During the summer of 2007 I had a job that was so demanding – I was constantly on the verge of curling up in the foetal position and declaring ‘game over’.
It wasn’t that the job wasn’t fun, it was. Or that it was boring, it wasn’t – just that what they made us do was borderline sadism.
I worked on the beach as a deckchair assistant and basically that means walking around all day taking money from the old people and the lazy. Sounds easy right? That’s what I thought, initially.
Yet try spending 6 days a week, 12 hours a day, walking on the sand under the summer sun.
Yes, ouch. Great t-shirt tan though.
I tell a lie actually – it was 8 hours walking on the beach and 4 hours running around putting several hundred deckchairs, sunbeds and wind-breaks back in the lockup before we could go home.
At the end of every week my legs would be begging for mercy and my back… well, what was left of it, had already given up.
I was 4 weeks into my contract when I began to have doubts as to whether I could continue in this job for the rest of the summer. It was making me genuinely depressed. I started to resent the sun for it meant a long and arduous day ahead of me. Rain would be a relief – a chance to sit down or maybe an opportunity to finish early.
What kind of weirdo begs for rain? Me. I was that weirdo.
I had a realisation.
One particularly sunny morning, I stood at the bus stop going through my usual routine of ‘cloud spotting’ when something slapped me in the face.
I spend 12 hours a day outdoors, meeting hundreds of people a day, ON THE BEACH – and getting paid for it!
Did I mention it was hard work? It was essentially 12 hours of cardio every day. I had never been so fit.
All that vitamin D. All that exercise. Why the hell wasn’t I happy?
In that split second my mind changed and I realised how lucky I actually have it. That day was awesome – I tried to engage in as much conversation as possible – tried to flirt with as many bikini clad girls as possible – took time out on my lunch break to sunbathe instead of running for the nearest cave to hide from the world.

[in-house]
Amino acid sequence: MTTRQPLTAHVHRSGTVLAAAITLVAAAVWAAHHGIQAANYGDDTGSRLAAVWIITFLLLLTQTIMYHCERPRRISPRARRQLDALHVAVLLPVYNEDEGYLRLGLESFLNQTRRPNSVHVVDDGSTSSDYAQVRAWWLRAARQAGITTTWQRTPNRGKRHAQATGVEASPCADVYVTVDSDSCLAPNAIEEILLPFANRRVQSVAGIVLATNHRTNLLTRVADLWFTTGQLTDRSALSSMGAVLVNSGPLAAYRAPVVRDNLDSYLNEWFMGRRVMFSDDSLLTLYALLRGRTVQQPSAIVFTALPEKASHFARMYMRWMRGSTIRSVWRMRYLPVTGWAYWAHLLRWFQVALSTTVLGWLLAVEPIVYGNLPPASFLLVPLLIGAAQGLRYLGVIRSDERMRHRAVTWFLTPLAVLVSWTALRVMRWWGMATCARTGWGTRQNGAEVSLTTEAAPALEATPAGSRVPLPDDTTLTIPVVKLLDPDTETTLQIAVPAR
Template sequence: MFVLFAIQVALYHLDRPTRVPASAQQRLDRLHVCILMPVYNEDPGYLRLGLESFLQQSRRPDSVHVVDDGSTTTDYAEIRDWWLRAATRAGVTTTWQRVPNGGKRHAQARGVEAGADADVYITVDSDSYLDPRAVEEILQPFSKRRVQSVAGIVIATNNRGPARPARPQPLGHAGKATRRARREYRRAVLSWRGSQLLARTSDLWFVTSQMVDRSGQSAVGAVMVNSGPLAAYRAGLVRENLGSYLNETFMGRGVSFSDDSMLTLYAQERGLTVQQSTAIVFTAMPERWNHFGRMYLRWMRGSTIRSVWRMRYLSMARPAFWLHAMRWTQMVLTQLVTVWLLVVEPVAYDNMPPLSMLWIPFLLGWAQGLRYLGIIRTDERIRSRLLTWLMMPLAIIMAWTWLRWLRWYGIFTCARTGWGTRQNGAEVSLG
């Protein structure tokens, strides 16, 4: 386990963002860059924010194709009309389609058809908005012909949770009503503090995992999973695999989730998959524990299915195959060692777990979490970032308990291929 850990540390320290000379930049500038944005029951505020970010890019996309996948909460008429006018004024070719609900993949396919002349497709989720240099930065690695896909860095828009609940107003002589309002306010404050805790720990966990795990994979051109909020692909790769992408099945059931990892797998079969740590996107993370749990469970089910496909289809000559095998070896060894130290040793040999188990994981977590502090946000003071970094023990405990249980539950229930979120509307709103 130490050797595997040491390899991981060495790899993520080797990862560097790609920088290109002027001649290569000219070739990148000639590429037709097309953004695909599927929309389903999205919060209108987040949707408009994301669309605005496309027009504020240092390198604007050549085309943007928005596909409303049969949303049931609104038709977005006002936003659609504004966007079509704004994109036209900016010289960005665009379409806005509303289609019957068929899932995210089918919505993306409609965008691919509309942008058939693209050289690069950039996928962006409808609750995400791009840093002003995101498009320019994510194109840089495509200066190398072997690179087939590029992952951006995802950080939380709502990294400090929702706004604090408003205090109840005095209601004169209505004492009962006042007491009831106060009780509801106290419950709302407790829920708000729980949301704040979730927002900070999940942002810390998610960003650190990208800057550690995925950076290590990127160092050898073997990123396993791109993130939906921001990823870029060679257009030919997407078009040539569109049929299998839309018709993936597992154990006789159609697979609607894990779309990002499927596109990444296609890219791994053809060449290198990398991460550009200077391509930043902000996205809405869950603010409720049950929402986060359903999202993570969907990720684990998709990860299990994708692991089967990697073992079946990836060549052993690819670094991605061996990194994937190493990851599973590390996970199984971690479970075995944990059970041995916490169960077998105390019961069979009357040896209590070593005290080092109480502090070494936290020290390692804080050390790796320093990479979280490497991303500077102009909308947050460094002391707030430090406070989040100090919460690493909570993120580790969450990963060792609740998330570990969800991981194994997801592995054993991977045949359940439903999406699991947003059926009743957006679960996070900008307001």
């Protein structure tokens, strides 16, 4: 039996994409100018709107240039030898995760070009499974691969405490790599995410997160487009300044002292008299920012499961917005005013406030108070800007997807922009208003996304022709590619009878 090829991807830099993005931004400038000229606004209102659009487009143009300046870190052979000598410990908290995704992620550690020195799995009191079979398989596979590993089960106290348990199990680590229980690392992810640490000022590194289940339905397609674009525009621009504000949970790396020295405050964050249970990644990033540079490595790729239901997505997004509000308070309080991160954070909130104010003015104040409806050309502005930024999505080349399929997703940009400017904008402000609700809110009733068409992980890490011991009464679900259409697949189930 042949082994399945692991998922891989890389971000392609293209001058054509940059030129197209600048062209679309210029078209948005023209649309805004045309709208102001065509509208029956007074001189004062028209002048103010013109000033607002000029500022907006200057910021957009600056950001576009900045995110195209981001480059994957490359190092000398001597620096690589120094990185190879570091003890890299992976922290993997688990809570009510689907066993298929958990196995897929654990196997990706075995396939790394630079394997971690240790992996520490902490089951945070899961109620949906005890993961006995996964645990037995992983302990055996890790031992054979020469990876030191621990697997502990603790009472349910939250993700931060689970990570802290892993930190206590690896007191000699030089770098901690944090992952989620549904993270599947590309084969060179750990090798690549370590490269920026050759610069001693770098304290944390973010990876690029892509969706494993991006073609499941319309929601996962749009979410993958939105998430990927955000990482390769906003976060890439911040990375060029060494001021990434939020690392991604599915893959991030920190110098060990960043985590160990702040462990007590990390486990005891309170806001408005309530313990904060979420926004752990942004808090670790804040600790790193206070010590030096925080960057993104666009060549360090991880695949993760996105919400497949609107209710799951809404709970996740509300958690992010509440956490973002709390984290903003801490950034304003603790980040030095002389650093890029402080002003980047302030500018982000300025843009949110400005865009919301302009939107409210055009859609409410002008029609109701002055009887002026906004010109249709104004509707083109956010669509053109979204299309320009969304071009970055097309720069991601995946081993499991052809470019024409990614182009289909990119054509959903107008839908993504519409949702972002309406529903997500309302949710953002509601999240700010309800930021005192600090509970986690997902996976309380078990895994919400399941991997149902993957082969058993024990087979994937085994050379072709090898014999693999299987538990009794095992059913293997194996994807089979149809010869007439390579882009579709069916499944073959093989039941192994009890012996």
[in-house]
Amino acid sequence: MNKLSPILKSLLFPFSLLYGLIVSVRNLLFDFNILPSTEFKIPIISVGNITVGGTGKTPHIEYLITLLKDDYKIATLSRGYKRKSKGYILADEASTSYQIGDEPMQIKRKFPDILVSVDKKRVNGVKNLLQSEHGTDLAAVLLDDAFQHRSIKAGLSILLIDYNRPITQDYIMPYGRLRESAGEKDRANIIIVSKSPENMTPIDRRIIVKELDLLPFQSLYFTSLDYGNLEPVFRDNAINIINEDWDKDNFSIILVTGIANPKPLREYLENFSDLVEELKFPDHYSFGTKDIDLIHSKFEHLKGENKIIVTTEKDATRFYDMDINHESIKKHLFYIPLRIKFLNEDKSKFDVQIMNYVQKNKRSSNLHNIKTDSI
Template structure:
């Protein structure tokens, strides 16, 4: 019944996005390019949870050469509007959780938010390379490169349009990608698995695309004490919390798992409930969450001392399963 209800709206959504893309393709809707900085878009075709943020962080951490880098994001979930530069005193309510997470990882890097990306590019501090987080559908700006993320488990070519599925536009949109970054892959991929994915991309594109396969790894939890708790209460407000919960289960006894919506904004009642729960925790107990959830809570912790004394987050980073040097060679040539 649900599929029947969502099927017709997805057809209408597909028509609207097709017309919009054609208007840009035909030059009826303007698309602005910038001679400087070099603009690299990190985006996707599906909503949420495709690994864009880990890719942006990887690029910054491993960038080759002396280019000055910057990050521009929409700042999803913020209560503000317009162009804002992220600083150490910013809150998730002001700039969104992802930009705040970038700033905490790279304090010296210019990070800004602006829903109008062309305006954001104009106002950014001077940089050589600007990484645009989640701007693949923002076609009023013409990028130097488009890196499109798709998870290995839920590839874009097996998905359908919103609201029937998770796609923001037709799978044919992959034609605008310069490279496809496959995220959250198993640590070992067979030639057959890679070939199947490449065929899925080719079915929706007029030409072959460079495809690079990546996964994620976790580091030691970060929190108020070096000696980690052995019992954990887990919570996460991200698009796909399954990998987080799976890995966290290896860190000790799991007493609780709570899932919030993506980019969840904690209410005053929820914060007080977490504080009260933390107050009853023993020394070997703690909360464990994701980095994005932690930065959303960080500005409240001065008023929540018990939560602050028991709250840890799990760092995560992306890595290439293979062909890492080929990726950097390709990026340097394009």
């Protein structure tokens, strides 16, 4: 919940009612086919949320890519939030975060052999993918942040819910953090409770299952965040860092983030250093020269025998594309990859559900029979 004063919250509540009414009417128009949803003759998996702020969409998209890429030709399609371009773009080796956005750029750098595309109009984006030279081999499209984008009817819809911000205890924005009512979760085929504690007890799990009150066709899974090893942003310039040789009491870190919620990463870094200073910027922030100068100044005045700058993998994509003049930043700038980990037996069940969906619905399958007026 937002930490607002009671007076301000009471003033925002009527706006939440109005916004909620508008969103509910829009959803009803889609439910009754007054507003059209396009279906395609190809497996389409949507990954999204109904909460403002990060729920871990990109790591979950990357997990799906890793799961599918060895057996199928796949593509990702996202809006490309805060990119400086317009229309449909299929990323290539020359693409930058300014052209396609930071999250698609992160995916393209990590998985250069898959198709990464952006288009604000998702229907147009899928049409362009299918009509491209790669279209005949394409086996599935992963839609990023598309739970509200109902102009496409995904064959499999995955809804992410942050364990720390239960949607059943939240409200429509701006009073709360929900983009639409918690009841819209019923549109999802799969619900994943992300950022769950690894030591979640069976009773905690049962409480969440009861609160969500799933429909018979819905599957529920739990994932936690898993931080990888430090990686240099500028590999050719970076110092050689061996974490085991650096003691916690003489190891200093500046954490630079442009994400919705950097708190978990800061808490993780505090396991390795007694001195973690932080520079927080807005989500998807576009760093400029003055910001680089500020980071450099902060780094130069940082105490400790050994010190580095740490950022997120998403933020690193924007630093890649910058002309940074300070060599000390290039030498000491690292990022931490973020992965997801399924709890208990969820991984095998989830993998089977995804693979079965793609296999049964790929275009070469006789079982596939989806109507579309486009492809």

I began to look for the positives instead of focusing on the negatives.
It’s ridiculously easy to pick out the parts of our lives that might need changing but often this comes at the expense of acknowledging the things we should actually be grateful for.
Over the last couple of years I have lived in a part of town that seems to attract a lot of homeless people. They’re quite easy to spot – it’s the people that I tend to run away from when they lurch towards me like a zombie requiring their daily fix of brains.
I shouldn’t think this way, but it really annoys me, especially as sometimes they will try to make you feel bad for not greasing their palms with silver.
I remember this homeless guy who used to ‘live’ at the beach. We nicknamed him ‘Jose’ for his resemblance to Jose Mourinho.
Every day without fail he would stumble down the promenade, fighting the seagulls for the right to eat the discarded half eaten burgers (you couldn’t eat a whole one, it wasn’t safe) and then he would collapse on the sand and sleep off the inevitable food poisoning.
I would watch him and wonder what his story was – where he came from and why he had nowhere to live.
It’s at times like this that you do begin to realise how great your life actually is.
Sure you might not be ‘happy’ with your lot but being in a bad mood because the life you chose is bringing you down is nothing compared to the struggles that some people go through.
There are people who haven’t worked in 2 years who would love to have a minimum wage job.
There are people who cannot find a girlfriend or a boyfriend who would kill to be in a bickering relationship.
There are people who have just been diagnosed with cancer who would love nothing more than have their health worries stop at being 10lbs overweight.
There are people like ‘Jose’ who would do anything to have an annoying flatmate who stumbles home at 3am, waking you up in the process – because it would mean he has a roof over his head.
Self-help and personal development should be a side dish to the main course that is your life.
Don’t let it take over who you are. Don’t continually focus on the negative aspects of your life for you will miss out on the great things.
Every day take 2 minutes out of whatever it is that you do, and just look around. Look at how the trees are swaying in the wind, watch the birds as they go about their daily business, feel your heart as it works to keep you alive.
Become present and clear your thoughts. Focus on the here and now – not on your stresses.
You’re alive, you have your health, you have a roof over your head, you have friends and you are you.
Stop focusing on what you don’t have and take a second to realise what you do have.
You’re luckier than you think.